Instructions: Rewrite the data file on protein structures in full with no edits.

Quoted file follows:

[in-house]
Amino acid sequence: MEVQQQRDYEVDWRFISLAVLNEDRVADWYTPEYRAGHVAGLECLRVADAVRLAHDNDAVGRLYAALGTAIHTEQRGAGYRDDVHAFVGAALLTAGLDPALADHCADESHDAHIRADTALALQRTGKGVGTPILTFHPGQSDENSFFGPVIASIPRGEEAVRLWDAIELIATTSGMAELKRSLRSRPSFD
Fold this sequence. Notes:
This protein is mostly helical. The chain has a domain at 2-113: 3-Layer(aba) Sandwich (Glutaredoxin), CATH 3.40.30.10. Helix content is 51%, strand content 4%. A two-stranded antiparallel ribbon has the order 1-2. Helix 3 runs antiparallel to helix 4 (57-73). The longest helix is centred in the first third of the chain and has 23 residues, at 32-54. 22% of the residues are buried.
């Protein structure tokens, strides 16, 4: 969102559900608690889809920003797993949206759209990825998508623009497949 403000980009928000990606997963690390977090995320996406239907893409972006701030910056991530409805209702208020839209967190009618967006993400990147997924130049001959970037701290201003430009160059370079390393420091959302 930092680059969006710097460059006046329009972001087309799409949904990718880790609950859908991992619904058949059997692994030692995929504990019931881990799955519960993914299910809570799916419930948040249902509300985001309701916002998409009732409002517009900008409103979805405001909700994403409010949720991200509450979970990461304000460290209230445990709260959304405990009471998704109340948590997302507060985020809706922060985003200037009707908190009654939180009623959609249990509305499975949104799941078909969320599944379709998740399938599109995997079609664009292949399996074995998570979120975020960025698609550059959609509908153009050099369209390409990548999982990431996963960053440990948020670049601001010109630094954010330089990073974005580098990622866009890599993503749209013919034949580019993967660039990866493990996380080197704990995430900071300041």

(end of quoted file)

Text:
[in-house]
Amino acid sequence: MEVQQQRDYEVDWRFISLAVLNEDRVADWYTPEYRAGHVAGLECLRVADAVRLAHDNDAVGRLYAALGTAIHTEQRGAGYRDDVHAFVGAALLTAGLDPALADHCADESHDAHIRADTALALQRTGKGVGTPILTFHPGQSDENSFFGPVIASIPRGEEAVRLWDAIELIATTSGMAELKRSLRSRPSFD
Fold this sequence. Notes:
This protein is mostly helical. The chain has a domain at 2-113: 3-Layer(aba) Sandwich (Glutaredoxin), CATH 3.40.30.10. Helix content is 51%, strand content 4%. A two-stranded antiparallel ribbon has the order 1-2. Helix 3 runs antiparallel to helix 4 (57-73). The longest helix is centred in the first third of the chain and has 23 residues, at 32-54. 22% of the residues are buried.
């Protein structure tokens, strides 16, 4: 969102559900608690889809920003797993949206759209990825998508623009497949 403000980009928000990606997963690390977090995320996406239907893409972006701030910056991530409805209702208020839209967190009618967006993400990147997924130049001959970037701290201003430009160059370079390393420091959302 930092680059969006710097460059006046329009972001087309799409949904990718880790609950859908991992619904058949059997692994030692995929504990019931881990799955519960993914299910809570799916419930948040249902509300985001309701916002998409009732409002517009900008409103979805405001909700994403409010949720991200509450979970990461304000460290209230445990709260959304405990009471998704109340948590997302507060985020809706922060985003200037009707908190009654939180009623959609249990509305499975949104799941078909969320599944379709998740399938599109995997079609664009292949399996074995998570979120975020960025698609550059959609509908153009050099369209390409990548999982990431996963960053440990948020670049601001010109630094954010330089990073974005580098990622866009890599993503749209013919034949580019993967660039990866493990996380080197704990995430900071300041």